Chuck Flink, FASLA, Greenways Incorporated, former trustee and chair of the East Coast Greenway Alliance, author of The Greenway Imperative: "We have been building to this for more than 100 years, and with stimulus investment we can finish elements of a coast-to-coast greenway network that will benefit America’s urban and rural communities, support the robust outdoors economy, and establish critical corridors of connected greenspace to mitigate the impacts of climate change. We can do this!"
Heather Hodges, Executive Director, Gullah Geechee Cultural Heritage Corridor NHA: “The Gullah Geechee Cultural Heritage Corridor Commission NHA is supportive of projects designed to improve the ability of pedestrians and cyclists to navigate the Corridor. We have long been formally partnered with the East Coast Greenway Alliance and support projects across the southeast to create paths and trails that can help people develop active lifestyles, connect communities and boost local economic development with minimal impacts on the environment that Gullah Geechee people have made their home for centuries.”
Pat King, East Coast Greenway Alliance co-founder & Advisory Board chair: "Like our National Parks, greenways are an asset we must encourage and support in whatever way possible. Greenways allow all kinds of activities for individuals and families, for commuters and recreational runners, walkers and cyclists. They provide safe, accessible transportation alternatives in our rural, suburban and urban neighborhoods and the benefits are many: environmental, economic and health. Best of all, they are open to all."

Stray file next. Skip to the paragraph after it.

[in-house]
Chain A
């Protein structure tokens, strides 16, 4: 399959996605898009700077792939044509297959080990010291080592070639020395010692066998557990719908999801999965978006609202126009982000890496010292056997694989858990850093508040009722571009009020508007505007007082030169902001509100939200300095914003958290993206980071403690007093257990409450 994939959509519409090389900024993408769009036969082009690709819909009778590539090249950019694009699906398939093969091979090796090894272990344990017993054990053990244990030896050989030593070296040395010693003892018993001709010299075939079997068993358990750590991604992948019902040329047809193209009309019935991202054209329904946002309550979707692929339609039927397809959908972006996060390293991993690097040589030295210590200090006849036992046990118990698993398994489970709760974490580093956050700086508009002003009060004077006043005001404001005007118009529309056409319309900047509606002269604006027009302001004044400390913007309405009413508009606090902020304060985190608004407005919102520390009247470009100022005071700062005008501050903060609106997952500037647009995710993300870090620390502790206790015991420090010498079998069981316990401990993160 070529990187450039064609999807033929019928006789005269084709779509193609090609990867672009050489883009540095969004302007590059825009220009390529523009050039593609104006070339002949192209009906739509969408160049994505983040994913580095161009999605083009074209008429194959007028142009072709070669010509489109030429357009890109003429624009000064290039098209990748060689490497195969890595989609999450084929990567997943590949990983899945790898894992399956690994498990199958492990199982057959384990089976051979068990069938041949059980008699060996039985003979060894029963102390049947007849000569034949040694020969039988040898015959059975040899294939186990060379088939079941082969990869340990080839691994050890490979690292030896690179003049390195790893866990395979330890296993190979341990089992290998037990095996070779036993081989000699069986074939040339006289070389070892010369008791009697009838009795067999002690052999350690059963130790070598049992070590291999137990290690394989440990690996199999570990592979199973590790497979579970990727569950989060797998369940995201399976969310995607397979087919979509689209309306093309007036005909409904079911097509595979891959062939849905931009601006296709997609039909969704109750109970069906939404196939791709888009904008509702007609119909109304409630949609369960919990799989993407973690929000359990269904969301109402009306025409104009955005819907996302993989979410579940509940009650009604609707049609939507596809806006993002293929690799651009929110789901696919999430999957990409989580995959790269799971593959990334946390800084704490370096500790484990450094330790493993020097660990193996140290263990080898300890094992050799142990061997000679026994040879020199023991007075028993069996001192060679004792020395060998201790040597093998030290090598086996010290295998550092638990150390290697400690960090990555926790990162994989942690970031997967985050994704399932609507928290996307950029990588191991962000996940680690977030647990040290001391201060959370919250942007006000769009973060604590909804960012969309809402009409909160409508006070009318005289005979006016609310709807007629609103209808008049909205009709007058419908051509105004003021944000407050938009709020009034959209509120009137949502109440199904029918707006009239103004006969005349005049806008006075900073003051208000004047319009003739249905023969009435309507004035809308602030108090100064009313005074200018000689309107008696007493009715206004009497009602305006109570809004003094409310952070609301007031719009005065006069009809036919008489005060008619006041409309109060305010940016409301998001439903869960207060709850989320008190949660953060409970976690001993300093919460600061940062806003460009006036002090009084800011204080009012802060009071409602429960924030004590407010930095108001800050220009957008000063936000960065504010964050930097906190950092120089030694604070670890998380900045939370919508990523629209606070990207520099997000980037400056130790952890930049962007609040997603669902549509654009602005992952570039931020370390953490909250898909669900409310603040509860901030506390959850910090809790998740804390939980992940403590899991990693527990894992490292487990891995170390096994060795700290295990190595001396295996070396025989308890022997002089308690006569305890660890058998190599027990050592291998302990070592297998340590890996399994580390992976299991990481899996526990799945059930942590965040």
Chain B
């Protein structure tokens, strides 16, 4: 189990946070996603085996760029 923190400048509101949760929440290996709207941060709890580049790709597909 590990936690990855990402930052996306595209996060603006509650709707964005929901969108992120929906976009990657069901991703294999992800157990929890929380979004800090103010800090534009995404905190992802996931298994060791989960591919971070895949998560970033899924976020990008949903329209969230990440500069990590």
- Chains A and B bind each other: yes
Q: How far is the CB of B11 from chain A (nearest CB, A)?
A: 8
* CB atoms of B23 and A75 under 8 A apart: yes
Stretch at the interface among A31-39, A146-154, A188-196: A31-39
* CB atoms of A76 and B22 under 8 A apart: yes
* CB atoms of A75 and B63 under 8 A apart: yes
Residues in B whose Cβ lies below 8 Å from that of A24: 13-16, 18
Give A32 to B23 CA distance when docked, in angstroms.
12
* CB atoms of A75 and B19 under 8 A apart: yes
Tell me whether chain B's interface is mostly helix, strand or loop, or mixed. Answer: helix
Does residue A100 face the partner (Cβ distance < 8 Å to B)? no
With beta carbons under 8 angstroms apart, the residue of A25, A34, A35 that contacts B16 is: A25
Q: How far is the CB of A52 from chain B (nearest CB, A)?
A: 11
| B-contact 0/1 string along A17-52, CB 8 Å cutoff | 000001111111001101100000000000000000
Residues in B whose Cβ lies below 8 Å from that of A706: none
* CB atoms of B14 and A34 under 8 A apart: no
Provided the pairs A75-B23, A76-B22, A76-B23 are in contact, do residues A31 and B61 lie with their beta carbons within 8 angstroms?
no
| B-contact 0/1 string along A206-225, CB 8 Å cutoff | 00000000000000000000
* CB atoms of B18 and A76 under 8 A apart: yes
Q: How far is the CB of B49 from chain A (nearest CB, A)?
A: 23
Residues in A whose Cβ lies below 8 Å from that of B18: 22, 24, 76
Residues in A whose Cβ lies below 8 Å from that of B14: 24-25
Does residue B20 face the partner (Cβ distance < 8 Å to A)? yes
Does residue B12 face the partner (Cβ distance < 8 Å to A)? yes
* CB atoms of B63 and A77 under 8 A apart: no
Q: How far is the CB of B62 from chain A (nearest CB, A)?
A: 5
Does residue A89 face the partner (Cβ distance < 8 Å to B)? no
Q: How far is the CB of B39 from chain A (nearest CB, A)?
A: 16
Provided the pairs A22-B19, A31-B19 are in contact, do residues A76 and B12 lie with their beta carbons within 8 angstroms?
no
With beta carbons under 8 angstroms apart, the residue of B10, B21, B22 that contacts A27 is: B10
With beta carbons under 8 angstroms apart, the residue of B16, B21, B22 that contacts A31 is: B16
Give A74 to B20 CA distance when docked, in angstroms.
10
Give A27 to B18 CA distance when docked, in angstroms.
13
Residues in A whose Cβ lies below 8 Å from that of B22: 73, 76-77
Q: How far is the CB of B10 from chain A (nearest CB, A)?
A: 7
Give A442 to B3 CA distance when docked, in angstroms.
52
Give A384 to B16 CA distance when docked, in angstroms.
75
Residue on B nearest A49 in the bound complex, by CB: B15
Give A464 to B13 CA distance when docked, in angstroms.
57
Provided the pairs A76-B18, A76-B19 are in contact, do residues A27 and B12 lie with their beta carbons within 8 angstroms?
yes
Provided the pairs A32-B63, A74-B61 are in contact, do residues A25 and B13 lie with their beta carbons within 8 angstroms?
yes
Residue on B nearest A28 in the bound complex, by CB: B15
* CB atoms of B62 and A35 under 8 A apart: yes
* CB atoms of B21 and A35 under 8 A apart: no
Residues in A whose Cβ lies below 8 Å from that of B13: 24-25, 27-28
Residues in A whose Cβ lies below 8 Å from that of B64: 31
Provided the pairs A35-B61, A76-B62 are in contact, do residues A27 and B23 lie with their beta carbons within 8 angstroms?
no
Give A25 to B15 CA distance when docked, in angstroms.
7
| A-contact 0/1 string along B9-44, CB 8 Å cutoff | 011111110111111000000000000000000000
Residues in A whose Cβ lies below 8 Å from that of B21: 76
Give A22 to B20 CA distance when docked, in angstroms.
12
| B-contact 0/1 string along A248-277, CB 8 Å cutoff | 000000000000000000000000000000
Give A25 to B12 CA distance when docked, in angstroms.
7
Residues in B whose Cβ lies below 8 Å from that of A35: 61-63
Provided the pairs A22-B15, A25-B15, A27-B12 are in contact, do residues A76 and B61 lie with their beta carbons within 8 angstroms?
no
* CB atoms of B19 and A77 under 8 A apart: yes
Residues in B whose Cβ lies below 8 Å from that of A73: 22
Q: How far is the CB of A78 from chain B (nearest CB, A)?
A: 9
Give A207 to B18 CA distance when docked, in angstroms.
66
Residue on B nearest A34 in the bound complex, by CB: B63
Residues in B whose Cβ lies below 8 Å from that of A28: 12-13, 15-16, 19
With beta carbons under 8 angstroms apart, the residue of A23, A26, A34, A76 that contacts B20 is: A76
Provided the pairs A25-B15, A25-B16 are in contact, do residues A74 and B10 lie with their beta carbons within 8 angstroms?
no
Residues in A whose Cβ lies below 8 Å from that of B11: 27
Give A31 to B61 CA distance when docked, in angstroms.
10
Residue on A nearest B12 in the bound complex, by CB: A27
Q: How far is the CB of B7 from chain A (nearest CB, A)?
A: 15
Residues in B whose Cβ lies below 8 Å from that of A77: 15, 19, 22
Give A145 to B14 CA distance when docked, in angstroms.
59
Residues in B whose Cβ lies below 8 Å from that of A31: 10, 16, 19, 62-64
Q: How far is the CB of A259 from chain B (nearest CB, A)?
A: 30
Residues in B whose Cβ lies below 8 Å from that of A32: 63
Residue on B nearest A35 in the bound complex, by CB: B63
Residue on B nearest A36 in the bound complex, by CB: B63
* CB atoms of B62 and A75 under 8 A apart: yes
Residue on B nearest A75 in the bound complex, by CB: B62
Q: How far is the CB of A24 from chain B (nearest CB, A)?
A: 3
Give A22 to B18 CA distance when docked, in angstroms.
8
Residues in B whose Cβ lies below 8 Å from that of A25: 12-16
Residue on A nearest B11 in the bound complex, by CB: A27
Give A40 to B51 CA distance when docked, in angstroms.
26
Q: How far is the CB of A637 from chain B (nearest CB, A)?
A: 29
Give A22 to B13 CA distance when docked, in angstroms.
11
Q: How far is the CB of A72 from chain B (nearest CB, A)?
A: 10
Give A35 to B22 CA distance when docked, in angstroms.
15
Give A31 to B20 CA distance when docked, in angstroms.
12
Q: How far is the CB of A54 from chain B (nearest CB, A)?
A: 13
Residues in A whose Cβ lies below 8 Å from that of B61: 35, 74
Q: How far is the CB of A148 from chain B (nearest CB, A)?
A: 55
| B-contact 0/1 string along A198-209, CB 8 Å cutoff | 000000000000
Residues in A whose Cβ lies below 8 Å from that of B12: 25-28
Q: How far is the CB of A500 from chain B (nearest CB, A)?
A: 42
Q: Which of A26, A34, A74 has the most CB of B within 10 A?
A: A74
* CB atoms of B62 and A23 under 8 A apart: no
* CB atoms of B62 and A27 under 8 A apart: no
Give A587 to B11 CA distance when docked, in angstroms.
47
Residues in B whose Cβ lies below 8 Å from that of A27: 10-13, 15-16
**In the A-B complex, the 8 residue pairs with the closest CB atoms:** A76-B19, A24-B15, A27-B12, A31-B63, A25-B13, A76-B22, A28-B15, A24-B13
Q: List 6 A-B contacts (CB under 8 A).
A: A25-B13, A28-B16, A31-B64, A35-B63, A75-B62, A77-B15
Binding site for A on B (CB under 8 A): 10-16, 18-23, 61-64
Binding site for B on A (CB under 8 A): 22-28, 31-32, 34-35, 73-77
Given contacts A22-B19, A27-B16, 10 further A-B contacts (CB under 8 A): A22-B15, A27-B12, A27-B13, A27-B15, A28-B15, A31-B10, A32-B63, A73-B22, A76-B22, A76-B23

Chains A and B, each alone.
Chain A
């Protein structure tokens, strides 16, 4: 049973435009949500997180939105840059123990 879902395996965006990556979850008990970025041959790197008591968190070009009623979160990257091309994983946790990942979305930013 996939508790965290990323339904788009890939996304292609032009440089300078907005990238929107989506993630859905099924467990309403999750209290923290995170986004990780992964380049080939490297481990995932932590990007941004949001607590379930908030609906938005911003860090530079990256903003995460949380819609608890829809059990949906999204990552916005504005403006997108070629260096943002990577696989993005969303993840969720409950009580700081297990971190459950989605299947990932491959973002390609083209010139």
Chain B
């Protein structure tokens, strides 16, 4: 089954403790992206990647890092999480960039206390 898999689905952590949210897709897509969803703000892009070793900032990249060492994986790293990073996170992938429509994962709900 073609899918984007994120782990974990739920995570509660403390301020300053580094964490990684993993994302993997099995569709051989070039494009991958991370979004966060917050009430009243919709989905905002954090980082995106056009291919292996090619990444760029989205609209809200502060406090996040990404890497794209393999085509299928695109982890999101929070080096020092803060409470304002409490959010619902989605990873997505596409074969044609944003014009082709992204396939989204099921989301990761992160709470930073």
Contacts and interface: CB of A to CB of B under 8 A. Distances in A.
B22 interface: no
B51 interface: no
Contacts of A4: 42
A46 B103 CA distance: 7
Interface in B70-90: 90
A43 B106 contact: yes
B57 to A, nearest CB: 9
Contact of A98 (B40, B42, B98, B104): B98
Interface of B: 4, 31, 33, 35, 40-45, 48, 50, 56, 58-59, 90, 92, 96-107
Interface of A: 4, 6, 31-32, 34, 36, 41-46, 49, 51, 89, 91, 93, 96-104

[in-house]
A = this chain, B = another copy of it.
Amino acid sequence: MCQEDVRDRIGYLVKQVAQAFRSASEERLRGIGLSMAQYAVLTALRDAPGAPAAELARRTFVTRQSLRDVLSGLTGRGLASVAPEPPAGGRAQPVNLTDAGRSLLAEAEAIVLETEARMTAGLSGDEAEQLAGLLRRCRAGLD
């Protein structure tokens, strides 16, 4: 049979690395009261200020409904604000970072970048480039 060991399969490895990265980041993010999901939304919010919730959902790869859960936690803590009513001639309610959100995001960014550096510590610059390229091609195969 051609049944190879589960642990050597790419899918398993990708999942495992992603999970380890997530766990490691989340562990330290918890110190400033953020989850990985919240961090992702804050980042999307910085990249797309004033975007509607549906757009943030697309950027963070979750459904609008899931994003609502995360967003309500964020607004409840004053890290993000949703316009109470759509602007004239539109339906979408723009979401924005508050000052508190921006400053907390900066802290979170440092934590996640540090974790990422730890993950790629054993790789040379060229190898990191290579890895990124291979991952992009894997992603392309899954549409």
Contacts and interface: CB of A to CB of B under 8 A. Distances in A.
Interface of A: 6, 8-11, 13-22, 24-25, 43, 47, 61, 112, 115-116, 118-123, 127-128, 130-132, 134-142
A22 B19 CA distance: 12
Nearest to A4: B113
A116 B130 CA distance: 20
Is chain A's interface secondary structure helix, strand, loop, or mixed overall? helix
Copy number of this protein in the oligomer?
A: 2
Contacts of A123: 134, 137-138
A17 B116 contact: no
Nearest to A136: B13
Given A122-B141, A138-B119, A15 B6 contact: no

Terry Landreth, Georgia trail advocate and owner Camden Bicycle Center: “Today and after COVID-19, I hope everybody sees greenways as a necessity for your community.”
Jeff Olson, Senior Advisor, Alta Planning + Design: “Greenways are the most cost-effective, equitable and sustainable infrastructure that we can build for America’s post-pandemic recovery. Now is the time for a national investment to transform our communities for the next generation.”
Mitchell Silver, Commissioner, New York City Parks & Recreation: “The value of parks after this pandemic is going to elevate. This is not just a ‘nice to have,’ but now an essential and vital part of our civic infrastructure.”